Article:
Friday, August 25, 2017

Stand by your desk? Sit down, you’re rocking the boat? What are us desk jockeys to do?

A few years back, a doctor working on obesity issues came up with a new mantra: sitting is the new smoking.

Worse than smoking, maybe. After all, you might walk a mile – a healthful mile – for a Camel. But sitting on your duff at your desk? Stop kidding yourself; you’re killing yourself.

Oh, you may have thought that parking your carcass on a pricey ergonomic chair, rather than spending the day swiveling around on a glorified steno pool chair that provided no back support, was somehow going to save you. But, no…

Dozens of studies  have drawn connections between sitting too long and diabetes, hypertension, some forms of cancer (especially in women), anxiety and a generally greater probability of early death. (Source: Bloomberg)

The specifics:

When a body sits for an extended time, blood pools in the legs, and the arteries there lose some of their ability to dilate. Metabolism slows, and with it the healthy functioning of various biochemical operations. That in turn leaves the body more vulnerable to the physical and psychological effects of sedentary living.

And as if early death and anxiety, slowed metabolism, and arteries that don’t dilate properly aren’t bad enough:

There’s also the risk of a weak, flat backside.

Now I know that, in the age of Kardashian and BeyoncĂ©, a flat backside is a “thing.” And not necessarily a good thing. Thus, we read those horror stories about women with Brazilian butt lifts gone bad. Not to mention that just last week, at a get together with two old college friends – a get together that involved shopping – the conversation quite naturally turned to whether and why women of Irish ethnicity didn’t tend toward bootylicous booties to shake. (Not that women our age are doing much booty shaking, even when they have them.)

But I’d never heard of a weak backside.

Weak brain. Weak back. Weak bladder. Weak knee. But weak backside? What are the implications of a weak backside?

Man, all these years sitting on my rump, and I may have flattened and weakened a backside that was not especially ample to begin with. Jeez Louise Linton.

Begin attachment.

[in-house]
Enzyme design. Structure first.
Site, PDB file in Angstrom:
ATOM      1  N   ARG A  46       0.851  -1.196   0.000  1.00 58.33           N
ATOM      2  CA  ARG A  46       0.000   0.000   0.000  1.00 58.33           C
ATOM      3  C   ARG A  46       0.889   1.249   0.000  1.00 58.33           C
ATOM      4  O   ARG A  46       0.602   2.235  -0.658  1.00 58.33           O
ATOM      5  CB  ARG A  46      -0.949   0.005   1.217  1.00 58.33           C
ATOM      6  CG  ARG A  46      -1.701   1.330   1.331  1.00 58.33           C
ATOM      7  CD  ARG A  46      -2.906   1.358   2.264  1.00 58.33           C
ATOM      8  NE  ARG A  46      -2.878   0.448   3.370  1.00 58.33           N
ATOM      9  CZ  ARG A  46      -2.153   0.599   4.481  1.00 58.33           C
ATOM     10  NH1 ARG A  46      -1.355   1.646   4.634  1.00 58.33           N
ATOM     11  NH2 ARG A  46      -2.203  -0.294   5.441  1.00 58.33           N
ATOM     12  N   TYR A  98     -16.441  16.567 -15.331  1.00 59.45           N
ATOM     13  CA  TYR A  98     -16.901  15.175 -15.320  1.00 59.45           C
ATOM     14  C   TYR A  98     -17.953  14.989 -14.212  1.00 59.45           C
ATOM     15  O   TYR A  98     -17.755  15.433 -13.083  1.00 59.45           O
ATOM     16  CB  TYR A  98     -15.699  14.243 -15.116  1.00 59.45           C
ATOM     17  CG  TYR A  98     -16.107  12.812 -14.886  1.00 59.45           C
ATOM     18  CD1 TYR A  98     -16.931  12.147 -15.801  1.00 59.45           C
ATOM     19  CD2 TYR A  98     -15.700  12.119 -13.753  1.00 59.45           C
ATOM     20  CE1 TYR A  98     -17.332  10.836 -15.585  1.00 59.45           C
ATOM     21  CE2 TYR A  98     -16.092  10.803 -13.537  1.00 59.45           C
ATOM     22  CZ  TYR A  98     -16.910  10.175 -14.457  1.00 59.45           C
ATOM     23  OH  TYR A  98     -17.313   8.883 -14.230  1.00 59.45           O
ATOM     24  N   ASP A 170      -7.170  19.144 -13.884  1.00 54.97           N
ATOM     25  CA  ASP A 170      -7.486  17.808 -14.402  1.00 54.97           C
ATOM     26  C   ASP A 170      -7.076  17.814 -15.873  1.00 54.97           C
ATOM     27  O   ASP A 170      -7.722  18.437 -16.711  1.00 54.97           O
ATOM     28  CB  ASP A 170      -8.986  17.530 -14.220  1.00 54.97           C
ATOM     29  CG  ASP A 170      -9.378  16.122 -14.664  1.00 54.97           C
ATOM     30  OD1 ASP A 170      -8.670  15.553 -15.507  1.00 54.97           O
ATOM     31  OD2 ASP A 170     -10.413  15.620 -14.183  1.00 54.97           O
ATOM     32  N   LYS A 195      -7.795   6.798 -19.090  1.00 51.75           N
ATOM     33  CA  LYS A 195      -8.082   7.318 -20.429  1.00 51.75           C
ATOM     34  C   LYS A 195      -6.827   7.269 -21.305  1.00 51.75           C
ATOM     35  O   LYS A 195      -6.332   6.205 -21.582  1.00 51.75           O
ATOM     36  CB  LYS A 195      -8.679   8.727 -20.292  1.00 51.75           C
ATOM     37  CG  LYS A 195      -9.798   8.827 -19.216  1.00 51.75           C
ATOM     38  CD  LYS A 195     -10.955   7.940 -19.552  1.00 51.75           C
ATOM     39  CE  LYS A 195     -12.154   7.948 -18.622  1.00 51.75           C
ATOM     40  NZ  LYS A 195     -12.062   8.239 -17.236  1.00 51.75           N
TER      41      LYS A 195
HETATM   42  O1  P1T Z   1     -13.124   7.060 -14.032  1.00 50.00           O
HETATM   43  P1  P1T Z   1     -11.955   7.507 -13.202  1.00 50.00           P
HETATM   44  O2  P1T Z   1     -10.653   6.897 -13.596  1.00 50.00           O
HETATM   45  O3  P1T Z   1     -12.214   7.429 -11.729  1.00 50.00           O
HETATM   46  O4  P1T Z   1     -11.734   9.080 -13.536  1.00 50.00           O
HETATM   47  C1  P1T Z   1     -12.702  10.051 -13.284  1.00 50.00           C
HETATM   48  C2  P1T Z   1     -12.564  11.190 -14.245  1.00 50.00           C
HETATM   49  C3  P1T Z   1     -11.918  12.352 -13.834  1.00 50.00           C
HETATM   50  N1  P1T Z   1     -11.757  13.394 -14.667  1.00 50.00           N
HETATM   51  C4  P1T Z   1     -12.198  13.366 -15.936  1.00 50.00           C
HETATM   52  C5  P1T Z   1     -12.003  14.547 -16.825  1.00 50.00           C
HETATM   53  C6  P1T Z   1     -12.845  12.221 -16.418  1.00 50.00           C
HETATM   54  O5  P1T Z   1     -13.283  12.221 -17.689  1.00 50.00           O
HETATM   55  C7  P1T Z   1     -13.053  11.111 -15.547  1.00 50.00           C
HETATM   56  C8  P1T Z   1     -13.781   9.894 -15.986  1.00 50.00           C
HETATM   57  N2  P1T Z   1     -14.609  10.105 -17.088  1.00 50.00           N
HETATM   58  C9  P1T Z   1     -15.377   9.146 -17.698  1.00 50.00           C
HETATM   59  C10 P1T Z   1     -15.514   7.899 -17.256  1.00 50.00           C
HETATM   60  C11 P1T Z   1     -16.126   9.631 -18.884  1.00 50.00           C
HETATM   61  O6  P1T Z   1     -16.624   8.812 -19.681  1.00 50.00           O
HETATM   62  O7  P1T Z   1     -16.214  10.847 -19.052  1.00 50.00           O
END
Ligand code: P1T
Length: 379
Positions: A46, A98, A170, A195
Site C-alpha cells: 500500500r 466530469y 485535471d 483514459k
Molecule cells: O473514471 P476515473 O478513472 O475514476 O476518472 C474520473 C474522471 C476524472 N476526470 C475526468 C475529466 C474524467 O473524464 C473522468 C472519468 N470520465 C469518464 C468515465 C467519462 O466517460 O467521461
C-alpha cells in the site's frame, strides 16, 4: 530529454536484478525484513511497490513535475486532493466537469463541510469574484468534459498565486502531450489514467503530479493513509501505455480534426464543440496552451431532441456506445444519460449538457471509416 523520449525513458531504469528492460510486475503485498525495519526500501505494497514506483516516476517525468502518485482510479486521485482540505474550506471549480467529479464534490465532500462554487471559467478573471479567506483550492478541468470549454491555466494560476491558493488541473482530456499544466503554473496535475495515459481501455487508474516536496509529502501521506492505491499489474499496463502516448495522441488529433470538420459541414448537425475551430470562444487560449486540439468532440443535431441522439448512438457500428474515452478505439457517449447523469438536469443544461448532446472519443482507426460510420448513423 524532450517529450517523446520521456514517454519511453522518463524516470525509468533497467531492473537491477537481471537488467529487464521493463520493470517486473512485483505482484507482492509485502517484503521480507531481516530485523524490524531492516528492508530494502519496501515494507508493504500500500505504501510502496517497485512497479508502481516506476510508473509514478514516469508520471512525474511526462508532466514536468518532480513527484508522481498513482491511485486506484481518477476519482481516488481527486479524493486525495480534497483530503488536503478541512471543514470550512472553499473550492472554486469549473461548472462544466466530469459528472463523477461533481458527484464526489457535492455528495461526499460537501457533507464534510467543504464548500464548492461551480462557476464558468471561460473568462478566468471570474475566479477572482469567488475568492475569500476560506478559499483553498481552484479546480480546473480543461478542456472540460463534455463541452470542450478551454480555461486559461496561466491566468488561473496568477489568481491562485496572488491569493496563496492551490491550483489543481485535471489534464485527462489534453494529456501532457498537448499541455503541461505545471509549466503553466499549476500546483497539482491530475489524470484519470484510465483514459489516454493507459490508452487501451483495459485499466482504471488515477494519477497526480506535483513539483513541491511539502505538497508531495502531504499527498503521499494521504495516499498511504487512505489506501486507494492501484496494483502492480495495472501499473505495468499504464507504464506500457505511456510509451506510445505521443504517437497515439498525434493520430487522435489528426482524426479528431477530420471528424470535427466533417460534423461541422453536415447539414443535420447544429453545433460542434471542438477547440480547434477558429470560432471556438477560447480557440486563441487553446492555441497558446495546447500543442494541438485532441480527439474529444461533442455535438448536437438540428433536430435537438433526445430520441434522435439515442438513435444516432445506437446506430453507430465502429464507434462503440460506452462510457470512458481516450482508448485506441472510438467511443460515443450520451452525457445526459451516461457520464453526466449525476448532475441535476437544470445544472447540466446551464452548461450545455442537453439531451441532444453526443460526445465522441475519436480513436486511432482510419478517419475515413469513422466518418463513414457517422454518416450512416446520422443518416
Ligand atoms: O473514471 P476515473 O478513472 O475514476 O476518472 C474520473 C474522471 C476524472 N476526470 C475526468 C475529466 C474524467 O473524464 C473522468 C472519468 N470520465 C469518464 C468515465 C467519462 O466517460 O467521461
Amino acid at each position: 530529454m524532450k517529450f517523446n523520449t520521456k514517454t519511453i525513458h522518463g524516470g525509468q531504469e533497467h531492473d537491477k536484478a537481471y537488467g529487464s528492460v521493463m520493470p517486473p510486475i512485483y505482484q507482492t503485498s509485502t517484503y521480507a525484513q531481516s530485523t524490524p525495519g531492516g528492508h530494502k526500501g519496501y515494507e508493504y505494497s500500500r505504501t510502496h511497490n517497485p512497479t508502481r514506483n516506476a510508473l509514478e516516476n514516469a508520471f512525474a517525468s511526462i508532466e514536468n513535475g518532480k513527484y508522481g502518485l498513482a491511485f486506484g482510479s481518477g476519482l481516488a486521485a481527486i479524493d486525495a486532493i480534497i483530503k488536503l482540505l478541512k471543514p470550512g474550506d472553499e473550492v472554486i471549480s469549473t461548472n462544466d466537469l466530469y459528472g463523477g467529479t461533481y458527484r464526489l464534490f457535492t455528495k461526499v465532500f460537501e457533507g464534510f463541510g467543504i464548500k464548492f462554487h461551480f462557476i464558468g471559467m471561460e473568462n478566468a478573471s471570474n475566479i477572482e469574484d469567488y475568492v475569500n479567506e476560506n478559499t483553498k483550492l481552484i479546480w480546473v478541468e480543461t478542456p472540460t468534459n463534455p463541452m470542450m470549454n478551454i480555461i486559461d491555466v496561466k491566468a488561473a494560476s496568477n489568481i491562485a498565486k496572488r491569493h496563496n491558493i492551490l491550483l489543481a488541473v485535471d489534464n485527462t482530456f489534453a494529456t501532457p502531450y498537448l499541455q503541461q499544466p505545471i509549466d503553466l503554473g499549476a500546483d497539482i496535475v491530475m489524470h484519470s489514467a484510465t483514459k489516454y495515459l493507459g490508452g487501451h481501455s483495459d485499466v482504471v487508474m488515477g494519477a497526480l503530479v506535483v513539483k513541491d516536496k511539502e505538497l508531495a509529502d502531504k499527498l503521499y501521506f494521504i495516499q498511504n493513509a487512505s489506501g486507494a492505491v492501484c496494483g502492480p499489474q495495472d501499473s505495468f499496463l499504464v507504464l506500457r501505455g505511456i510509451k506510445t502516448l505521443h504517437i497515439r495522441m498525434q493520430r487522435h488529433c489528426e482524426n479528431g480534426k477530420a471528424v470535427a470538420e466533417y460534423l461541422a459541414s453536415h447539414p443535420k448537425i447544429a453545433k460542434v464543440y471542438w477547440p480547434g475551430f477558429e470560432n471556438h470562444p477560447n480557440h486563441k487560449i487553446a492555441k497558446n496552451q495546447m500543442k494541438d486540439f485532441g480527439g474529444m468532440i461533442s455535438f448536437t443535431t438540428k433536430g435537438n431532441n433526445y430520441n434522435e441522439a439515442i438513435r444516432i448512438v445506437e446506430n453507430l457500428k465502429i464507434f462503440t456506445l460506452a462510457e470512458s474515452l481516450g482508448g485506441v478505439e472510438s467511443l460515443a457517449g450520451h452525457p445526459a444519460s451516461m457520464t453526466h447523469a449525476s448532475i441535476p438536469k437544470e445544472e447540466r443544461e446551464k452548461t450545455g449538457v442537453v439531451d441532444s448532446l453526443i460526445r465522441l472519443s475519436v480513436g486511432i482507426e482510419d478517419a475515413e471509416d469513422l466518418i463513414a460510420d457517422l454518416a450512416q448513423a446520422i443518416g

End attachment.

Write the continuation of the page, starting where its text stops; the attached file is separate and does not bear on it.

One of the outcomes of all the bad outcomes associated with prolonged duff-sitting is the rise of the standing desk.

When I was still working full-time, the alternatives to sitting in a desk chair were having one of those blue bouncy balls, or having one of the ergonomic kneeling chairs. But I’ve noticed that standing desks are an option for most of my clients (mostly tech firms with a lot of young folks working there).

Of course, it hasn’t been proven beyond a shadow of a doubt that sitting is worse than smoking. No unequivocal Surgeon’s General Report. No skull and crossbones warning on your desk chair. (Nothing will replace those “Do Not Remove Under Penalty of Law” tags.) In fact, there have been some findings popping up that suggest that sitting ain’t all that bad.

And whether standing desks help is a subject of some dispute.

Nonetheless, the number of companies that offer standing desks has tripled since 2013.

I have a few doubts about just how wonderful and glorious all this standing is.

I have tendonitis in my right ankle. Walking is fine. I’m able to do my 4-5 Fitbit miles each day, no problema. But when I’m standing for any amount of time, the tendonitis kicks up or kicks in. This doesn’t happen as part of my work. If I’m working, I’m sitting on my weakening, flattening backside. But I’m doing some volunteering at St. Francis House, and whether I’m in the kitchen or in the clothing center, there are oodles of time when I’m standing stock-still scooping salads or sorting through piles of donated clothing items.

And there’s some research that suggests that:

…standing too long creates problems of its own: swollen ankles, leg cramps, varicose veins, posture problems, lasting muscle fatigue and back pain.

So, is it stand by your desk? Sit down, sit down, sit down, sit down, sit down, you’re cramping your legs?

Fortunately, there’s a middle ground.

…walk around — for a couple of minutes once an hour, or for five or 10 minutes a few times a day. This gets the blood and breath flowing moderately. Toe tapping and other kinds of fidgeting help, as well, whether sitting or standing.

Let the toe tapping begin!

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